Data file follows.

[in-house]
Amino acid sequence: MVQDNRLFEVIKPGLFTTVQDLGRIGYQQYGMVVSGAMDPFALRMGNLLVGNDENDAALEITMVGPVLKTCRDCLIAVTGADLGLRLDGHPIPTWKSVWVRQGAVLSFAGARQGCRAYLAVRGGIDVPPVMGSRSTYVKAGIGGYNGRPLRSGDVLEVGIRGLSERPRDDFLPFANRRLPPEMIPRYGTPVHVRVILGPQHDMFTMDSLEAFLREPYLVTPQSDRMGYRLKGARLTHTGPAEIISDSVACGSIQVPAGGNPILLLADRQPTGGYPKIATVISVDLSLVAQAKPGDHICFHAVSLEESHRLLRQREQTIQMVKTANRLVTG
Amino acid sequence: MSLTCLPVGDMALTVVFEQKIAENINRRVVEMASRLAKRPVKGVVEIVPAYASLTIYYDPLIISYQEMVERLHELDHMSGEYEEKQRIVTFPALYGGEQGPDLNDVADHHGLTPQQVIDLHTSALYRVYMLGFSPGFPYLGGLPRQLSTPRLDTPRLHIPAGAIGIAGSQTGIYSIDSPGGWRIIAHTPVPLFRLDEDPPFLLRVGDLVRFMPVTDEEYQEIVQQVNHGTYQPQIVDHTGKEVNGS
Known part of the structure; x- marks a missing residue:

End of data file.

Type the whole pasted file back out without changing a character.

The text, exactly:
[in-house]
Amino acid sequence: MVQDNRLFEVIKPGLFTTVQDLGRIGYQQYGMVVSGAMDPFALRMGNLLVGNDENDAALEITMVGPVLKTCRDCLIAVTGADLGLRLDGHPIPTWKSVWVRQGAVLSFAGARQGCRAYLAVRGGIDVPPVMGSRSTYVKAGIGGYNGRPLRSGDVLEVGIRGLSERPRDDFLPFANRRLPPEMIPRYGTPVHVRVILGPQHDMFTMDSLEAFLREPYLVTPQSDRMGYRLKGARLTHTGPAEIISDSVACGSIQVPAGGNPILLLADRQPTGGYPKIATVISVDLSLVAQAKPGDHICFHAVSLEESHRLLRQREQTIQMVKTANRLVTG
Amino acid sequence: MSLTCLPVGDMALTVVFEQKIAENINRRVVEMASRLAKRPVKGVVEIVPAYASLTIYYDPLIISYQEMVERLHELDHMSGEYEEKQRIVTFPALYGGEQGPDLNDVADHHGLTPQQVIDLHTSALYRVYMLGFSPGFPYLGGLPRQLSTPRLDTPRLHIPAGAIGIAGSQTGIYSIDSPGGWRIIAHTPVPLFRLDEDPPFLLRVGDLVRFMPVTDEEYQEIVQQVNHGTYQPQIVDHTGKEVNGS
Known part of the structure; x- marks a missing residue: